After Tayari, I saw Jeffrey Eugenides, a big literary heavy weight. I was so impressed that when I got home, I read The Marriage Plot (finishing last night). If you haven’t read it yet, you definitely should. Who knew contemporary fiction for adults could be so compelling?
My last author of the day was David Levithan, another writer we’ve reviewed. It was interesting to hear about his writing process and love of writing with other authors. Apparently he just writes one chapter and sends it off, then the collaborating author writes a chapter and sends it back. It sounds like it would be a fun experiment, but I can’t believe so many beloved books have been born this way.
Sunday was a little lower key. I’m sorry to admit it, but the authors didn’t intrigue me as much. The weather was better, but the crowds were much smaller than on Saturday. I heard some poetry from Nikky Finney, heard about Jenny Han and Siobhan Vivian’s new book series (it deals with bullying and sounds much more intrigueing than the Summer I Turned Pretty series) and listened to Hope Larson, Anita Silvey, and Leonard Marcus discuss the impact of Madeleine L’Engle and A Wrinkle in Time.
Overall, it was a super fun weekend. Some lessons for next year:
- If I can only choose one day to go, I’m going on Saturday.
- They ran out of books to buy almost immediately. Next year I’m buying any books I want signed from Amazon and bringing them with me.
- I’m bringing an extra water bottle and a picnic lunch. No more $11 hamburgers for me!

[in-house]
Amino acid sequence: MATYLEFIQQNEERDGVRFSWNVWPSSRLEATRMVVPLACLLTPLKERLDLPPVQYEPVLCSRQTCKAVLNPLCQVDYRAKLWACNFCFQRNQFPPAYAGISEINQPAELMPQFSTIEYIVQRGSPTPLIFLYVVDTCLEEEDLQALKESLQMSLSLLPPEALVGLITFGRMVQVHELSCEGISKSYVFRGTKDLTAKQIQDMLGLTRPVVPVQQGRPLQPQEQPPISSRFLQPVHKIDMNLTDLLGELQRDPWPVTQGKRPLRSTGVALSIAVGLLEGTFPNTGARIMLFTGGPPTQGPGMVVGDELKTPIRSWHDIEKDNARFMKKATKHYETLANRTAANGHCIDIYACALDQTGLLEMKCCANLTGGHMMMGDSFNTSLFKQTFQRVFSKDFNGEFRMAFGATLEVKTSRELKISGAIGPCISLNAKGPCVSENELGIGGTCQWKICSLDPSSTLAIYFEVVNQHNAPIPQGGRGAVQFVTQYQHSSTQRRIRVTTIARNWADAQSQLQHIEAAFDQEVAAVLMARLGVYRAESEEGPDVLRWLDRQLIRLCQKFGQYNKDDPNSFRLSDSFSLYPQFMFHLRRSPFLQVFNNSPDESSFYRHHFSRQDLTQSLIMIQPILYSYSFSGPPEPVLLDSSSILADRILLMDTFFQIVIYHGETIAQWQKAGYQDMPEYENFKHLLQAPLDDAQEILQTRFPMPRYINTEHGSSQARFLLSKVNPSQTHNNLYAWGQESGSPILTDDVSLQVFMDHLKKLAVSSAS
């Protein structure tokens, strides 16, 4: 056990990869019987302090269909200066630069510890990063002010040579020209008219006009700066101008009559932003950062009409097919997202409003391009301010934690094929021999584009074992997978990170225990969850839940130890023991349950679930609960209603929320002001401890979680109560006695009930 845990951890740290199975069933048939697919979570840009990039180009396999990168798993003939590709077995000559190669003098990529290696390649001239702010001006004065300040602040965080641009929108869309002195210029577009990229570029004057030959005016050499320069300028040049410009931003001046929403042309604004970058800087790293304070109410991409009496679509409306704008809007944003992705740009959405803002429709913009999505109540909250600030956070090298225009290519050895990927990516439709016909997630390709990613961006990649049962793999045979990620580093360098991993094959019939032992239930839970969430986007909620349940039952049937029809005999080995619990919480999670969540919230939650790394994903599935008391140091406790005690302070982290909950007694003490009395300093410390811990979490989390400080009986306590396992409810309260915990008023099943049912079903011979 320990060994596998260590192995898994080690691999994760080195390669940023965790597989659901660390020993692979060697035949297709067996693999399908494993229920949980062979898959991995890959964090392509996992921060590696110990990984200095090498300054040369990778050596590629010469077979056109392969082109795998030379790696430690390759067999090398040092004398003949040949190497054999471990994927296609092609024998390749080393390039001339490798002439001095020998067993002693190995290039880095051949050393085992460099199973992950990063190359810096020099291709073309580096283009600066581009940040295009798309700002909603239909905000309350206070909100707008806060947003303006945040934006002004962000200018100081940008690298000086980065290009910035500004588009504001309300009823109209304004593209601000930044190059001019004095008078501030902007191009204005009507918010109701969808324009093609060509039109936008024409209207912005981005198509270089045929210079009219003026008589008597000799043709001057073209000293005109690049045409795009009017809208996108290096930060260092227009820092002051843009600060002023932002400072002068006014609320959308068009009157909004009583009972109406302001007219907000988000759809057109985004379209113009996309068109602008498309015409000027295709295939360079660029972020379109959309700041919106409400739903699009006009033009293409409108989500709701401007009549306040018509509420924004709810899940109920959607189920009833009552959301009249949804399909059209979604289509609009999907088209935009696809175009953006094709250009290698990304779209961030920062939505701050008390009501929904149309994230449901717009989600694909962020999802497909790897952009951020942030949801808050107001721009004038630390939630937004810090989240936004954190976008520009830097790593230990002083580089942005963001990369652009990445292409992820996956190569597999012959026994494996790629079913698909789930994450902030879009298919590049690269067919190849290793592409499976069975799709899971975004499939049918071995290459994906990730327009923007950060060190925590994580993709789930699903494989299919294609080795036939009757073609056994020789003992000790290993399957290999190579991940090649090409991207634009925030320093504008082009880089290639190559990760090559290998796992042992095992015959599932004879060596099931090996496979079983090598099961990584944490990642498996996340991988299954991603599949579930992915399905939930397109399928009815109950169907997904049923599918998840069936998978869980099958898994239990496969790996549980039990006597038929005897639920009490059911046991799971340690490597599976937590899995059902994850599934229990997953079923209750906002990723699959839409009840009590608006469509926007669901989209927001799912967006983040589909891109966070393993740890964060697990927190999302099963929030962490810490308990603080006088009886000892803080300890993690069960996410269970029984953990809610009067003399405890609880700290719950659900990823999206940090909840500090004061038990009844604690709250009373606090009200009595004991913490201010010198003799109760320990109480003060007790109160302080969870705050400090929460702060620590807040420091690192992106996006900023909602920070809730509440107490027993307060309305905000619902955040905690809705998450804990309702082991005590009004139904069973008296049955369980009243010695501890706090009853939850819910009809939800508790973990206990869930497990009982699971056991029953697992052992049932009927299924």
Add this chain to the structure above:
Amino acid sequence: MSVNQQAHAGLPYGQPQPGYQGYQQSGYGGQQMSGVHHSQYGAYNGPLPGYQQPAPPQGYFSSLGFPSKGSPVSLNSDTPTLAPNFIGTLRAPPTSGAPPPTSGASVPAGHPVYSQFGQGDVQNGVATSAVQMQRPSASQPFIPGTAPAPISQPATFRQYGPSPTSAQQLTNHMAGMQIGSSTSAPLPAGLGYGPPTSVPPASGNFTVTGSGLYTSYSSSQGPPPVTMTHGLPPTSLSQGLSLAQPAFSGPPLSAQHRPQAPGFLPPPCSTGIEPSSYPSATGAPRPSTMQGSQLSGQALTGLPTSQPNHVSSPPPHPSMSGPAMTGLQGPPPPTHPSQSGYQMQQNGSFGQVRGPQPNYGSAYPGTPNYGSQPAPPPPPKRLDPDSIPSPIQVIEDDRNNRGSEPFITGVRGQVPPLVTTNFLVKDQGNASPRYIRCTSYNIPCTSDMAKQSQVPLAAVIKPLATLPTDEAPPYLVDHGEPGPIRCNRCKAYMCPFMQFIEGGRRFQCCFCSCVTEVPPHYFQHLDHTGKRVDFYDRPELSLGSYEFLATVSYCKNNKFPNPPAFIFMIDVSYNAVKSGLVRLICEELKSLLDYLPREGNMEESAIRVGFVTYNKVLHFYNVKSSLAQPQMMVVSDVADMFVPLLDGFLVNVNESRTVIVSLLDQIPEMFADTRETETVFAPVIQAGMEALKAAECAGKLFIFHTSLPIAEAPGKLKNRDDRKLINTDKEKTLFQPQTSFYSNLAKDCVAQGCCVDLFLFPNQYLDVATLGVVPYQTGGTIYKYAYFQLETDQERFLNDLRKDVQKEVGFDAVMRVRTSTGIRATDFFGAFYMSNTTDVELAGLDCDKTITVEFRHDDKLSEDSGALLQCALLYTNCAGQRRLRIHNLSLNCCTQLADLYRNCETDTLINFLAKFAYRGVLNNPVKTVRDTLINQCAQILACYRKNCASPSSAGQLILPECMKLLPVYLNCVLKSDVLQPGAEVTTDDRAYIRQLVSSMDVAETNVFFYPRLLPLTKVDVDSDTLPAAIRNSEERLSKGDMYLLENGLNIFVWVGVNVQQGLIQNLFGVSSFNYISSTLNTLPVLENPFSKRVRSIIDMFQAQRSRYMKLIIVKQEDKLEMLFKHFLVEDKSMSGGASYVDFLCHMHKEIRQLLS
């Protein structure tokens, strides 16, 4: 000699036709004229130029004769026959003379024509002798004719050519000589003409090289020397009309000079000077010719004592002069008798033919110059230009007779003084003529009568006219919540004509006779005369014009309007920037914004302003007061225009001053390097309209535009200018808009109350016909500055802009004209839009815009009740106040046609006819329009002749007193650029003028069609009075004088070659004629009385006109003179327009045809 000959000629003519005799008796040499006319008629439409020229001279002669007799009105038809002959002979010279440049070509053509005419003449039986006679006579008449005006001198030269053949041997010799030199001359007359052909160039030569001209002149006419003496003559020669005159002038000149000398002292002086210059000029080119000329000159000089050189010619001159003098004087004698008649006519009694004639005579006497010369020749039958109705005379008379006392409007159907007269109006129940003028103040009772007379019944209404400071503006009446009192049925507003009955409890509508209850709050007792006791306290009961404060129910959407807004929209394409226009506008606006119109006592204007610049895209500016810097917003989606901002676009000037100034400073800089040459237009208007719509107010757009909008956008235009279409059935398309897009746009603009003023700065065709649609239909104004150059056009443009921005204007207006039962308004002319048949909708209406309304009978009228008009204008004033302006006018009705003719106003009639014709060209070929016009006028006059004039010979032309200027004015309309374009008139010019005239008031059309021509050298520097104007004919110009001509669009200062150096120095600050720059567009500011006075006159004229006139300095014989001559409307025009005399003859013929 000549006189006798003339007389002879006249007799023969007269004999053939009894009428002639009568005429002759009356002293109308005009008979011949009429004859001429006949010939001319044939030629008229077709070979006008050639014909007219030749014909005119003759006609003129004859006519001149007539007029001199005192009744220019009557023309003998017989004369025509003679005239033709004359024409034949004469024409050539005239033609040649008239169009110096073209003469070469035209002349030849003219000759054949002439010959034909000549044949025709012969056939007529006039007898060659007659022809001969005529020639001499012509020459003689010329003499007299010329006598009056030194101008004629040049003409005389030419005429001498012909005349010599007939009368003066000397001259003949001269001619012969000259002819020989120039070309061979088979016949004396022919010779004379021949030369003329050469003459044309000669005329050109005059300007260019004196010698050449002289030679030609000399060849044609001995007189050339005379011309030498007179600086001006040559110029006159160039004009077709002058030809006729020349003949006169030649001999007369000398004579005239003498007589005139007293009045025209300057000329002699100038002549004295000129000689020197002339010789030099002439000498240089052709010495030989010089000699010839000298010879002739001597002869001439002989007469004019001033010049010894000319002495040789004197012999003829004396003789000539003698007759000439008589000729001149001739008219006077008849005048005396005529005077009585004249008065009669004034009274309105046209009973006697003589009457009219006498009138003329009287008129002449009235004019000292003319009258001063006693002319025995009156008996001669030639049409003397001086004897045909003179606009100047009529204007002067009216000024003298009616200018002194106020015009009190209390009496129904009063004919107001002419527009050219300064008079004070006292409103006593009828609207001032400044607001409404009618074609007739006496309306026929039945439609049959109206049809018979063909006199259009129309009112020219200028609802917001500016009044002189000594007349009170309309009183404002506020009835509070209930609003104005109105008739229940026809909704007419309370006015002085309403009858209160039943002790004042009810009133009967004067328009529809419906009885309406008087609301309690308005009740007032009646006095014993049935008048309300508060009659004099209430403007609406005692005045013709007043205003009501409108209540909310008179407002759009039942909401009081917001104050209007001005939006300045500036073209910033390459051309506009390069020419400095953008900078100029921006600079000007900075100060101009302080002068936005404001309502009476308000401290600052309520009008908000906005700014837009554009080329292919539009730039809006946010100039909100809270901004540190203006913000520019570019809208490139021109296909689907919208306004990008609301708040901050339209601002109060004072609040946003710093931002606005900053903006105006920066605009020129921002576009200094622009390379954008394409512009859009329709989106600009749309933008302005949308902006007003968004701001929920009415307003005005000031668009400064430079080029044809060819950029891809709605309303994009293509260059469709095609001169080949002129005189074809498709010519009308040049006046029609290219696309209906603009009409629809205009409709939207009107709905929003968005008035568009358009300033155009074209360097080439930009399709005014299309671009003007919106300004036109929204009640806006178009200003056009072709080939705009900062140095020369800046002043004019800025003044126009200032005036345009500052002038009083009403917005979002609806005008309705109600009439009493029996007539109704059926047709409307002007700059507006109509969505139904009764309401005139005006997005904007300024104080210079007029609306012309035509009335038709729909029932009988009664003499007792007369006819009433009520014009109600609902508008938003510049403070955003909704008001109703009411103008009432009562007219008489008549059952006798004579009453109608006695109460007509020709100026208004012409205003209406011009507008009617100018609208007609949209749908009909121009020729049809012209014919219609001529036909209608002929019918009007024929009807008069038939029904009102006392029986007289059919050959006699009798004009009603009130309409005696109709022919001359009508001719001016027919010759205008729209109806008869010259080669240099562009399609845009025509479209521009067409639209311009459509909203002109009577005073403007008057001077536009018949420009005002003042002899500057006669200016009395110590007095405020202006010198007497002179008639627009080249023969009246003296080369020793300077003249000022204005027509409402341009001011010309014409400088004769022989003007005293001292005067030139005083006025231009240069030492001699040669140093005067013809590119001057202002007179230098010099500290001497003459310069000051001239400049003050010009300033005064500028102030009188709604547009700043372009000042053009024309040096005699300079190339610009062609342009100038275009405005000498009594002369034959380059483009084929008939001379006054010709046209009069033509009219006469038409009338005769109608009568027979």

There should be more videos of the author talks here in the very near future. I sincerely suggest you check a few of them out. My intention was to share all the funny quips and writing advice, these authors shared with me, but I’m afraid instead this read a bit like a book report. Was anyone else there this weekend? If so share some of your favorite speakers!
The story follows A, a sixteen-year-old who wakes up in a different body every day. The body is always the same age as A, and has been going on A’s whole life (even as a baby). A has never had siblings or parents, friends, a room – nothing except for the memories and an email address follow A from body to body, family to family.
It’s sounds depressing (and it kind of is) but since this is the only life A has ever known, there isn’t much lamenting/wallowing. A has a series of rules for how to get through the day without disturbing his body’s life too much. Keep the body safe. Don’t try and change existing relationships. And when all else fails fake sick and spend the day reading a book in bed.
This works out pretty well, until A meets Rhiannon, someone A wants to see every day. The complications and questions begin. Can Rhiannon love A back in a variety of bodies? Will she even accept A’s unbelievable situation as the truth? I don’t want to give anything away, but I will say Rhiannon’s journey is every bit as compelling as A’s.
Throughout the narrative Levithan makes some serious comments on gender, sexual orientation, race, and social class. A as a character contains none of these things – which is another interesting challenge Levithan took on. I think it is pretty spectacular how he crafts a relatable and believable character without using any of these normal describers.
This social commentary goes beyond A’s character and at times is a bit heavy handed. As A experiences the lives of everyone from a gay teen in Annapolis (my hometown!) to a drug addict, sometimes these lives can feel contrived. Many fall into the anti-stereotype category, but many more are clichéd.
Still, that is my only complaint. I highly recommend this book. I read it in about a day. It was wonderful to read something both thought provoking and unique.
For further reading and reviews: